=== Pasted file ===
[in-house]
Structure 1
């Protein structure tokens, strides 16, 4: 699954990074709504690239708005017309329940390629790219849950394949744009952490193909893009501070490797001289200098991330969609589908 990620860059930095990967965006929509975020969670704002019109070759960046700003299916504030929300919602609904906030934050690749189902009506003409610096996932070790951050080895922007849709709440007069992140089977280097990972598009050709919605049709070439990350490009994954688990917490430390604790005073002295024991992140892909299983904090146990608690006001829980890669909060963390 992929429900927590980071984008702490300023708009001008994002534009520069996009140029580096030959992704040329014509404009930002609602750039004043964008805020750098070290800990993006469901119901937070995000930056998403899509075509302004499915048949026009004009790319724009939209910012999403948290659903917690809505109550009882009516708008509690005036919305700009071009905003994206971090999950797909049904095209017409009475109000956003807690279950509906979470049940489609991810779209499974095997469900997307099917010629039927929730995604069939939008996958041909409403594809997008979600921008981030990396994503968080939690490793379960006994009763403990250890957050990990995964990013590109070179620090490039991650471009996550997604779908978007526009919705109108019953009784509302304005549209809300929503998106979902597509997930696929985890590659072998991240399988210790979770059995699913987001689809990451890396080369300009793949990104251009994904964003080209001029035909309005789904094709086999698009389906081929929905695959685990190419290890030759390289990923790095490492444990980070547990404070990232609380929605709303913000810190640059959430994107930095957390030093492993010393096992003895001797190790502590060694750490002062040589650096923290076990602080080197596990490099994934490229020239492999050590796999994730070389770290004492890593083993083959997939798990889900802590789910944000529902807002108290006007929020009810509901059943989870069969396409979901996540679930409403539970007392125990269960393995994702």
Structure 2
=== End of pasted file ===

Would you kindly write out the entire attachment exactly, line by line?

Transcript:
[in-house]
Structure 1
């Protein structure tokens, strides 16, 4: 699954990074709504690239708005017309329940390629790219849950394949744009952490193909893009501070490797001289200098991330969609589908 990620860059930095990967965006929509975020969670704002019109070759960046700003299916504030929300919602609904906030934050690749189902009506003409610096996932070790951050080895922007849709709440007069992140089977280097990972598009050709919605049709070439990350490009994954688990917490430390604790005073002295024991992140892909299983904090146990608690006001829980890669909060963390 992929429900927590980071984008702490300023708009001008994002534009520069996009140029580096030959992704040329014509404009930002609602750039004043964008805020750098070290800990993006469901119901937070995000930056998403899509075509302004499915048949026009004009790319724009939209910012999403948290659903917690809505109550009882009516708008509690005036919305700009071009905003994206971090999950797909049904095209017409009475109000956003807690279950509906979470049940489609991810779209499974095997469900997307099917010629039927929730995604069939939008996958041909409403594809997008979600921008981030990396994503968080939690490793379960006994009763403990250890957050990990995964990013590109070179620090490039991650471009996550997604779908978007526009919705109108019953009784509302304005549209809300929503998106979902597509997930696929985890590659072998991240399988210790979770059995699913987001689809990451890396080369300009793949990104251009994904964003080209001029035909309005789904094709086999698009389906081929929905695959685990190419290890030759390289990923790095490492444990980070547990404070990232609380929605709303913000810190640059959430994107930095957390030093492993010393096992003895001797190790502590060694750490002062040589650096923290076990602080080197596990490099994934490229020239492999050590796999994730070389770290004492890593083993083959997939798990889900802590789910944000529902807002108290006007929020009810509901059943989870069969396409979901996540679930409403539970007392125990269960393995994702």
Structure 2